• Cognitive Malingering: A variety of commitment types are represented at DSH - Patton, including those adjudicated to be incompetent to stand trial. In addition to other mediating factors, this creates the potential for exaggeration of cognitive deficits in patients who are assessed.
  • Other forensic issues: At DSH - Patton, the Neuropsychology Service is often called

Neurocognitive Treatment:

The fellowship places an equal emphasis on neuropsychological assessment and cognitive remediation. Cognitive remediation is a growing treatment modality at DSH - Patton. There are currently three types of cognitive remediation treatment provided: (1) a single 12-week cognitive remediation group treatment; (2) a six-month cognitive remediation group treatment program (FREE); and (3) individualized cognitive remediation. A brief introduction to each type of treatment is provided below:

  • 12-Week Cognitive Remediation Group Treatment: Currently we have several cognitive remediation groups that are provided in 12-week cycles. We have two computerized cognitive remediation groups, which focus upon improving cognition through a variety of computer-based cognitive rehabilitation programs. We also have one 12-week cognitive remediation group that focuses upon improving memory, attention, and executive functions through a variety of traditional cognitive rehabilitation drills and tasks.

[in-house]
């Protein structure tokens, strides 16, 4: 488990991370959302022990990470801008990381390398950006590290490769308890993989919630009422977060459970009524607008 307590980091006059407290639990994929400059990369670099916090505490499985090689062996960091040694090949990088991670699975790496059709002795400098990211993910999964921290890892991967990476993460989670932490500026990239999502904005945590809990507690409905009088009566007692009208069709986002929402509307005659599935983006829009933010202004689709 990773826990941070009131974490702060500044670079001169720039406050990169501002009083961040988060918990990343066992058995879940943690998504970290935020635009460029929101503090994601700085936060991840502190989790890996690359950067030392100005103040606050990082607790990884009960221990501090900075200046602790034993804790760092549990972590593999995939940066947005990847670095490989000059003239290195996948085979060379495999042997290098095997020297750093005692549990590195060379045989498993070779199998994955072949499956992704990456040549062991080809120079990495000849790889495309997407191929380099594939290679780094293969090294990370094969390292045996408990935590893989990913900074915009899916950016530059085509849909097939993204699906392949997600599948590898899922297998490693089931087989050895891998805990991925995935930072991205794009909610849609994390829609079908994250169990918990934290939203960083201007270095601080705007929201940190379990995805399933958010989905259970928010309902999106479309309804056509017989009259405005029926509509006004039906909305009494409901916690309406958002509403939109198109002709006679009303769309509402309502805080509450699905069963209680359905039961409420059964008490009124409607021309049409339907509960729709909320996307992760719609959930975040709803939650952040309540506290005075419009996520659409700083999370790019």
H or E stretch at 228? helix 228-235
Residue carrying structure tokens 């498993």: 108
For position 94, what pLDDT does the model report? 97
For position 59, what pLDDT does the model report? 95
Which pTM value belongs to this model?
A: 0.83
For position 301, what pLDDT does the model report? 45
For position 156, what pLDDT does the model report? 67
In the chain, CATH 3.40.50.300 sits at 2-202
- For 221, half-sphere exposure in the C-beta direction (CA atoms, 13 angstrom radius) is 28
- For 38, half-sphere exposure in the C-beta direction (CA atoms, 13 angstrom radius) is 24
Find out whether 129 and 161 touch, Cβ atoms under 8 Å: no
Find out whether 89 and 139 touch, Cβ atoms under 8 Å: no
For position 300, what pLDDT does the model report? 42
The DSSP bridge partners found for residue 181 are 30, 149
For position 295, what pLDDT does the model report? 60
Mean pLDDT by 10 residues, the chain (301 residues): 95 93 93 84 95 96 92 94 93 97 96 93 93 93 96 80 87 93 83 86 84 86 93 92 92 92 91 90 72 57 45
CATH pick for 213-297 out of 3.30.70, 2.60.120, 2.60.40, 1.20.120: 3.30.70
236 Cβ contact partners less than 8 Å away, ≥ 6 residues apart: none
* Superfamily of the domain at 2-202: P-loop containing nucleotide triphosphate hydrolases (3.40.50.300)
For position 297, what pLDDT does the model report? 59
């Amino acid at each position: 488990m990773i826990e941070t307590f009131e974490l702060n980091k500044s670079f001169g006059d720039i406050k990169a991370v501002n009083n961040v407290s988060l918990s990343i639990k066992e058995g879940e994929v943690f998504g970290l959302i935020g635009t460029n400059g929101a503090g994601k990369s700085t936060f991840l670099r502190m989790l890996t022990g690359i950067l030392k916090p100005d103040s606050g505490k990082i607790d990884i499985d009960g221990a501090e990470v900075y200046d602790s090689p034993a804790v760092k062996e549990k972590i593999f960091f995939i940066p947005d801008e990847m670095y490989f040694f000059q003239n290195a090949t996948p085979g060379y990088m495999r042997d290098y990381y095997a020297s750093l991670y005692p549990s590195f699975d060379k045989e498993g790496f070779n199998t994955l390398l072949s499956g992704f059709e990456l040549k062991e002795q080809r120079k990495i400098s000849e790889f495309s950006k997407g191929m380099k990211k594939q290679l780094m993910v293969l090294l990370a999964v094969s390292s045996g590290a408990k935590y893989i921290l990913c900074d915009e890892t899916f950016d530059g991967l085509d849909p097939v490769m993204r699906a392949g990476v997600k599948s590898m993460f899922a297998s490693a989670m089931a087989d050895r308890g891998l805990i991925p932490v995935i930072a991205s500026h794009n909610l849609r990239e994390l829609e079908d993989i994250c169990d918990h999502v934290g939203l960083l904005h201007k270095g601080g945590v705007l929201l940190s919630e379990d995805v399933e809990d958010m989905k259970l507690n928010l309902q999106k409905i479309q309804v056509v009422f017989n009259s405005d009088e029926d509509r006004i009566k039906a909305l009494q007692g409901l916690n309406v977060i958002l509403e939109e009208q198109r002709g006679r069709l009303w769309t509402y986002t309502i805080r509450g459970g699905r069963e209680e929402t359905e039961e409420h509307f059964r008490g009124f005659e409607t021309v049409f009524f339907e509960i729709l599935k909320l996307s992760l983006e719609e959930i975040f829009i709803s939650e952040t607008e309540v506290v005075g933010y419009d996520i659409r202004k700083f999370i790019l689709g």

• FREE: The FREE Program is a six-month intensive cognitive remediation treatment group that focuses upon improving attention, memory, executive functions, and social skills. This group is intended for individuals with the greatest level of impairment. The treatment provided is multi-modal and informed by the Recommendations for Cognitive Rehabilitation (Cicerone, et al., 2000).
  • Individualized Cognitive Remediation: Individuals whose cognitive impairments are not amenable to treatment in a group setting are provided with individualized cognitive remediation. Treatment is provided in either 30 minute or 1-hour sessions and the treatment is usually provided on the patient’s unit.

Neuropsychology Consultation:

The fellows will gain experience in providing consultative feedback to the treatment teams for the individuals evaluated and with whom they have worked. Usually this feedback will be directed to the psychologists and psychiatrists who requested the evaluations, but also the fellow may participate in the treatment team conferences of the individuals evaluated, to provide useful information for disposition decisions and treatment planning.